The other day, in a tiny Lave tribal village, we asked whether the people knew about bird flu.
“Oh yes,” a woman who runs the village restaurant told us. “All of our chickens died last month. It happens every year.”
“Really?!?” we asked. “What have you done with the dead birds?”
“We ate them.”
So there you go. This little exchange was, of course, interesting on all sorts of levels. We learned from our guide, Mr. Big, that many villages in southern Laos experience something similar on an annual basis. One day, suddenly, all the chickens are dead. Mr. Big isn’t sure it’s bird flu, but it could be. Whatever the cause, many Laotians have come to expect the routine demise of their birds. What else would they do, but eat them? They can’t let so much meat go to waste! Mr. Big, however, recalled one year when so many chickens had died they couldn’d possibly eat them all. The grounds were littered with dead birds, and people grew sick from the flies and rodents that fed upon the carnage.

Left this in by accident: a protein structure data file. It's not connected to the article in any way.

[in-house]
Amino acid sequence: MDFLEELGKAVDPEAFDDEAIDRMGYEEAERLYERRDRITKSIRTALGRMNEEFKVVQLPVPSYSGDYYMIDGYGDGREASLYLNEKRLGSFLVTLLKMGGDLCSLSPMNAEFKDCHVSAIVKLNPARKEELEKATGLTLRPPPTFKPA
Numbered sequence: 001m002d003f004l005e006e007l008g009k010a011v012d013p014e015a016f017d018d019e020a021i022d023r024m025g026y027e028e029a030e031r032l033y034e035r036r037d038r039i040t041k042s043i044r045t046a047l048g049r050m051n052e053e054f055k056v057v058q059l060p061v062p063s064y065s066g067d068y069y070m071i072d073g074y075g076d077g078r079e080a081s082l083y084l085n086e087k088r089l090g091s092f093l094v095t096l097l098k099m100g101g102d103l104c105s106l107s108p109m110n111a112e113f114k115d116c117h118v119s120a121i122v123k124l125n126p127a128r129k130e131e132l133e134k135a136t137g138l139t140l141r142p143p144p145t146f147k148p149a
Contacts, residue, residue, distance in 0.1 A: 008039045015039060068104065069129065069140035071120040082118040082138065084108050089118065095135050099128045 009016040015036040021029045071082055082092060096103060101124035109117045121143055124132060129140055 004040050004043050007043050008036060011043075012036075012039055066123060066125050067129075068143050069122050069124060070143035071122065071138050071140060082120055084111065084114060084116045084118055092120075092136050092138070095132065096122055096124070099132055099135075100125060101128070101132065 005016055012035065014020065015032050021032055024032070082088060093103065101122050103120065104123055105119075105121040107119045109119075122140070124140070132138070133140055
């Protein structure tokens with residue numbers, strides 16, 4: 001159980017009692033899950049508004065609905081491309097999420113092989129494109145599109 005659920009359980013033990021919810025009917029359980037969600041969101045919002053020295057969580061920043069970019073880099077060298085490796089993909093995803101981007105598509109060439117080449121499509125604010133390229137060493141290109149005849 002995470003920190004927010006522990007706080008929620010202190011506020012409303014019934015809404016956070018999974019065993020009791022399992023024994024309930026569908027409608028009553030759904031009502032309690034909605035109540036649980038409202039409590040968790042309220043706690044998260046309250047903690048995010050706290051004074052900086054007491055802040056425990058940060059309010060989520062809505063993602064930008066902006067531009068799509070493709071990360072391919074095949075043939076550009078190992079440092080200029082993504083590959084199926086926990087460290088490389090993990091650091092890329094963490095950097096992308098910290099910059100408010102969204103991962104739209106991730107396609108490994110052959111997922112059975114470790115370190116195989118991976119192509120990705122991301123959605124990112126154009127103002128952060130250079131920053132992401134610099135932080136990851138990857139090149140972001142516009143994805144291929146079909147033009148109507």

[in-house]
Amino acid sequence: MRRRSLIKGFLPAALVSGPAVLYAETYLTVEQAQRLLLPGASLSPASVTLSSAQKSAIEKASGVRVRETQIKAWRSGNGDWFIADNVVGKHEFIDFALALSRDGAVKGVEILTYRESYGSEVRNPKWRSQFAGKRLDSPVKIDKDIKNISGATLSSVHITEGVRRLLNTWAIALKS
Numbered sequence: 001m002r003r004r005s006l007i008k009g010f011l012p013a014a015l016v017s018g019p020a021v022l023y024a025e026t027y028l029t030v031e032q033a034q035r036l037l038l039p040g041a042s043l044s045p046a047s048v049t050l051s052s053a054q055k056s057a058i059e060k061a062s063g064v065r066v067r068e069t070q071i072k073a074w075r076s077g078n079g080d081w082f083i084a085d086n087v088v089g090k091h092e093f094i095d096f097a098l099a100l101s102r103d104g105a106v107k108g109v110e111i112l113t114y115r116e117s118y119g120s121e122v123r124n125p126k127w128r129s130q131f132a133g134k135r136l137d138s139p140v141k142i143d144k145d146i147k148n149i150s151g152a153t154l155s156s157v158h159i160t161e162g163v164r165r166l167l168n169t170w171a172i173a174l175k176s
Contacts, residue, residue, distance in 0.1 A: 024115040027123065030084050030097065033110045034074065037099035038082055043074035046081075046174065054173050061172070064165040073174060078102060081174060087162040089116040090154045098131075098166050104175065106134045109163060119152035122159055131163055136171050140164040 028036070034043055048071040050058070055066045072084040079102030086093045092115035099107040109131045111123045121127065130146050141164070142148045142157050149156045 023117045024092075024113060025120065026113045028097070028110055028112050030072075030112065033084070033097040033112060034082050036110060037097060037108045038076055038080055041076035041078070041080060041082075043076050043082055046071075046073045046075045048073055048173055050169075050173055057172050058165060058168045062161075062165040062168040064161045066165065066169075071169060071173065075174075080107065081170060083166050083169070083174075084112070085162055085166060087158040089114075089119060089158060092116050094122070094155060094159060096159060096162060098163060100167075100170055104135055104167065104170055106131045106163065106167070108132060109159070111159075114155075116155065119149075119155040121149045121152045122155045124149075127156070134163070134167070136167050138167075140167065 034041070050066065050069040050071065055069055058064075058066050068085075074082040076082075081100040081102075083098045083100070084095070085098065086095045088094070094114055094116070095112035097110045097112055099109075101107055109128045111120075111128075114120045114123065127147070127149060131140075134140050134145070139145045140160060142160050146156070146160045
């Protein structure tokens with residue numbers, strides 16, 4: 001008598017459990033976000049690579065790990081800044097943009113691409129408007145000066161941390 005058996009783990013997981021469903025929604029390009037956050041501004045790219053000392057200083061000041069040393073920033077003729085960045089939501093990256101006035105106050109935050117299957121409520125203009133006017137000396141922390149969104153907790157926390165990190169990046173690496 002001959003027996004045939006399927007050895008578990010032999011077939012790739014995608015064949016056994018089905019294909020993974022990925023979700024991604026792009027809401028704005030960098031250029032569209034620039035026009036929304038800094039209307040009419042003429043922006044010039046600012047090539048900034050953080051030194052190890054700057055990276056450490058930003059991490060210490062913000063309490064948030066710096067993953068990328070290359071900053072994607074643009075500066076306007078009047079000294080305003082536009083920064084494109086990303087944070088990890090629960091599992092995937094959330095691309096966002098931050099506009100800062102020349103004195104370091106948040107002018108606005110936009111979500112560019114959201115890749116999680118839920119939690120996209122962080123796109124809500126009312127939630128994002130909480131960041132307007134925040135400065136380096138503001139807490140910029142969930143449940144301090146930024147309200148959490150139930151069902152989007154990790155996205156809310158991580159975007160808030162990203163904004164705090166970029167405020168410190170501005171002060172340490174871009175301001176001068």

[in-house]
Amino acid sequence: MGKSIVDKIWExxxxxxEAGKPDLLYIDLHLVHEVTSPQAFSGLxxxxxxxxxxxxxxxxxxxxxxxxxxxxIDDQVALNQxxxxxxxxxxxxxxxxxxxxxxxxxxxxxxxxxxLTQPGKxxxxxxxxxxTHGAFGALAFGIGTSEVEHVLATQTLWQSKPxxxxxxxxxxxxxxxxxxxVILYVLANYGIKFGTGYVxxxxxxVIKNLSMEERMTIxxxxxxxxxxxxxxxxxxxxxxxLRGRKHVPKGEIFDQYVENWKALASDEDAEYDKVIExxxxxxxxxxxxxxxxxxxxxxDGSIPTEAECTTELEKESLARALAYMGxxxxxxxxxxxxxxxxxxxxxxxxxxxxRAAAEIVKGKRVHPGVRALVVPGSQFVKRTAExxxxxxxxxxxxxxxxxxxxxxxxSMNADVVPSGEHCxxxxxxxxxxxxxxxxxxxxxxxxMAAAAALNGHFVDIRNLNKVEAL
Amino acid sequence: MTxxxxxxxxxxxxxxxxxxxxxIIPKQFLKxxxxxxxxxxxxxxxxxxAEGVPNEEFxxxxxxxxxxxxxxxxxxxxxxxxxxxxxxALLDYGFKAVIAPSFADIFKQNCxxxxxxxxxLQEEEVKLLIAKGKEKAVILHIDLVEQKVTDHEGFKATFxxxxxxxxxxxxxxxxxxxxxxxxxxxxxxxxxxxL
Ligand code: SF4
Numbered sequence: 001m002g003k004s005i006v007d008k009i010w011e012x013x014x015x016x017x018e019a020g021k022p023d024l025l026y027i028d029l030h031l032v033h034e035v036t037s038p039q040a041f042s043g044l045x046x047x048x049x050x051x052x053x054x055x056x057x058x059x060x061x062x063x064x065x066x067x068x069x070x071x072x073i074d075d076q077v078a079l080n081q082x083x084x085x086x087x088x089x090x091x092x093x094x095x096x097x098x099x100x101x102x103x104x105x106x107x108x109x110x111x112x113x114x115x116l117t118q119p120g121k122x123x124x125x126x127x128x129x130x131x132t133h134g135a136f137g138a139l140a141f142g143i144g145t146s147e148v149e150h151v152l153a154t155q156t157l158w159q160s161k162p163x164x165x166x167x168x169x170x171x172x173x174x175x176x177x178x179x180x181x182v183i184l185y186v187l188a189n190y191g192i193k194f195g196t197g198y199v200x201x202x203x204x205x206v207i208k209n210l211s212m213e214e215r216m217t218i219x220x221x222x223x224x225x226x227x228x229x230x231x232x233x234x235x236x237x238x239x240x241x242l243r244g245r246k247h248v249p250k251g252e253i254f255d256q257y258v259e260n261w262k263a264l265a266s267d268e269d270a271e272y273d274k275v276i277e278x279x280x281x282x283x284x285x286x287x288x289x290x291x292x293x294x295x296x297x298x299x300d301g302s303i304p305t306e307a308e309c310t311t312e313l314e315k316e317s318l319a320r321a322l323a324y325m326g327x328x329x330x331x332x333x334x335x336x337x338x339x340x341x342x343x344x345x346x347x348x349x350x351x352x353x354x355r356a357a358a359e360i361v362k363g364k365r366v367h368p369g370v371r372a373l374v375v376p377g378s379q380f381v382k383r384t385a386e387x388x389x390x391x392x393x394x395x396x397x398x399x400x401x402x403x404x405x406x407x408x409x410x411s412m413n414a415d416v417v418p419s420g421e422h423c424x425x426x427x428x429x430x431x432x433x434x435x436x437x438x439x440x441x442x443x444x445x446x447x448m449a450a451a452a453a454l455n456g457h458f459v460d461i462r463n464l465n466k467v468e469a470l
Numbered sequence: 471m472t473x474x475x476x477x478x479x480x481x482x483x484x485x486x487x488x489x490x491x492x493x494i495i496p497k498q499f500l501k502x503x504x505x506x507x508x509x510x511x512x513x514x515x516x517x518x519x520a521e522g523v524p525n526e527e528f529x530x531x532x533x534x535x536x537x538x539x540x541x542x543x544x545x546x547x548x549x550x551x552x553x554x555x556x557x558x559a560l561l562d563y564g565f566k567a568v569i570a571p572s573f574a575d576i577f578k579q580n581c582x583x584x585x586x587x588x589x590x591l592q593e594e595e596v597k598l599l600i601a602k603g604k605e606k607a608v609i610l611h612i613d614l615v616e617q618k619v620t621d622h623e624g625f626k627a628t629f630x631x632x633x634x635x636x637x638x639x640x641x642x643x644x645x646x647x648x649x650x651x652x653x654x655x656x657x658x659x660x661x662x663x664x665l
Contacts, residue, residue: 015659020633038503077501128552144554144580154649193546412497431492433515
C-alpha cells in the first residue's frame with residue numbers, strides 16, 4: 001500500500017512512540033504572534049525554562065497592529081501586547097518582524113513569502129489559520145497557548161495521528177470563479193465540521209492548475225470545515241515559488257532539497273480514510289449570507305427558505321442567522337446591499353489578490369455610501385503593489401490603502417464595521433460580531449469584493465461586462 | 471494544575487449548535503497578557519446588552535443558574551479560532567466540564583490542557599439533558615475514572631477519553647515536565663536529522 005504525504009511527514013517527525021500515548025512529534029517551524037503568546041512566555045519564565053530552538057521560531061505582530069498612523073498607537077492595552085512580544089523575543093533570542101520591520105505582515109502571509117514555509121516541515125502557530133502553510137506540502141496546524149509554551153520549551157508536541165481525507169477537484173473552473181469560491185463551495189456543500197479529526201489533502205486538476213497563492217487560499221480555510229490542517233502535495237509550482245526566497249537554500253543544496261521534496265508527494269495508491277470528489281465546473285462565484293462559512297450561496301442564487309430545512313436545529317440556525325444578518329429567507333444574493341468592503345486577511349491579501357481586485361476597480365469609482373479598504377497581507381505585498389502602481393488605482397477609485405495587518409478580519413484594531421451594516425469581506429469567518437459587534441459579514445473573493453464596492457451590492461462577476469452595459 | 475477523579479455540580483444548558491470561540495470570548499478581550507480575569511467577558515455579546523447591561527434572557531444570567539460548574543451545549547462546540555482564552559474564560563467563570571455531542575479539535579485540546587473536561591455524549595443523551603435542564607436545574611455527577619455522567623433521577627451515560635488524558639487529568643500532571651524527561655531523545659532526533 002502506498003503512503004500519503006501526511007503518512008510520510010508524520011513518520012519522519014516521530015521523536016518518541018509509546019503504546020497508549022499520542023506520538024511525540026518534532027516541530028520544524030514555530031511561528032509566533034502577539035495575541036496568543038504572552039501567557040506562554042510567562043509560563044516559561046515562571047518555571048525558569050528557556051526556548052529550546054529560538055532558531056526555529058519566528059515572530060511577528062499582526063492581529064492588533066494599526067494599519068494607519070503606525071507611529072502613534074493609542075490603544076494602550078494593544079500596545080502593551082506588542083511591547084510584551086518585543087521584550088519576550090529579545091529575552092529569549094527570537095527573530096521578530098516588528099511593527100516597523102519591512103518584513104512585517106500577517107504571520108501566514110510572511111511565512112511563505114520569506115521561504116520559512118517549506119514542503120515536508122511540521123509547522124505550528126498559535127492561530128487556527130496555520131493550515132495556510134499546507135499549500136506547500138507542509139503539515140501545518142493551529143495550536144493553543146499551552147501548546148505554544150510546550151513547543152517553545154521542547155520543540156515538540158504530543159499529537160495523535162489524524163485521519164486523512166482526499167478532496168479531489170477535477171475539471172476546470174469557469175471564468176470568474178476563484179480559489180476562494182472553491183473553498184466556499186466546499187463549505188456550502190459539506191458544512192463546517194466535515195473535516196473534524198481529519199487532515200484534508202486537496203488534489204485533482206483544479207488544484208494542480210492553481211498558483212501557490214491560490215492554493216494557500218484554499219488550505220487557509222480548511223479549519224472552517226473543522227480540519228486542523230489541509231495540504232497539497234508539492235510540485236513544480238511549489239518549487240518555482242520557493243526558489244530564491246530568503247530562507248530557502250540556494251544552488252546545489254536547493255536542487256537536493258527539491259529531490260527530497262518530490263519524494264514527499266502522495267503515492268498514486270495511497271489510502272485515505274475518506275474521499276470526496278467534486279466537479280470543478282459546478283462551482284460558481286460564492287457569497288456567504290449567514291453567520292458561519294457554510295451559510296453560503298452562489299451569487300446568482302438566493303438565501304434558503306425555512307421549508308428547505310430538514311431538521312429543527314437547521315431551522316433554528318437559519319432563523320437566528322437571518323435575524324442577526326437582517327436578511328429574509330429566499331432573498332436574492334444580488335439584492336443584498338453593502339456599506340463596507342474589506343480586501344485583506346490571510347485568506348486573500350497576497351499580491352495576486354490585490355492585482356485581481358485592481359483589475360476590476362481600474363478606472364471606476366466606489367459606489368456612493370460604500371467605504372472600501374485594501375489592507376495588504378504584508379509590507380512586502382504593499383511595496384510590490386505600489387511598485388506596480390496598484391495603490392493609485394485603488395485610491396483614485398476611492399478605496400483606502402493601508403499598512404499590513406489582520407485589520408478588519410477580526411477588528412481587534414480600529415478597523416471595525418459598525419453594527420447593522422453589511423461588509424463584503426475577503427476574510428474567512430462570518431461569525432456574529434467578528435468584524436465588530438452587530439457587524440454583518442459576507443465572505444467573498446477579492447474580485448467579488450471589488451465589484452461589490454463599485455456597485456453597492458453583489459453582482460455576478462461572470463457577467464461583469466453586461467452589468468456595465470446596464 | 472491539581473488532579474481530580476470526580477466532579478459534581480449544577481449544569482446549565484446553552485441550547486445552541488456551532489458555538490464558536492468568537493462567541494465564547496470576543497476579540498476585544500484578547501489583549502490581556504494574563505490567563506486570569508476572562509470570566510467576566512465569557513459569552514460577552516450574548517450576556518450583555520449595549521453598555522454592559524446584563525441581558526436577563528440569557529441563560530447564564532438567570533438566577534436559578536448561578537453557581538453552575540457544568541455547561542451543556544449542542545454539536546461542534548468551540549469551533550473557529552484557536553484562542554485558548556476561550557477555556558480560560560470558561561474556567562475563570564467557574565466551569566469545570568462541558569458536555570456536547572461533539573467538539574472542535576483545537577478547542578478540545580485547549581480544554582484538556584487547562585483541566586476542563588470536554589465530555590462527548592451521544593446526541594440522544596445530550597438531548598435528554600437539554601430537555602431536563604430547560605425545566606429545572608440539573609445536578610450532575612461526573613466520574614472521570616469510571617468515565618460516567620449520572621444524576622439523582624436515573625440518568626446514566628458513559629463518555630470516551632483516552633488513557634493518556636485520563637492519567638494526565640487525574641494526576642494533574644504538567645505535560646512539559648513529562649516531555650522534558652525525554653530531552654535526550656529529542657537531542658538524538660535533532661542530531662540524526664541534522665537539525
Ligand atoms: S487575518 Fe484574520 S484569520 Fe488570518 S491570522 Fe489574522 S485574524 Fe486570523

Our conversation raised another issue as well: My mother recently asked me whether it’s possible to catch bird flu by eating contaminated chickens; she didn’t know, based on the coverage she had read and heard in the United States. The answer is no. Properly cooked poultry and eggs are safe to eat. That fact is widely known and repeated in Asia (at least in urban areas). Here in Thailand, it’s hard to gauge the American media’s coverage of bird flu on the whole. But there do seem to be many misconceptions and perhaps a bit of inflated fear. I told my mother that most human cases of bird flu have occurred in children who played with dead chickens and people who handled sick or dead birds. You can read more about the particulars on the CDC website.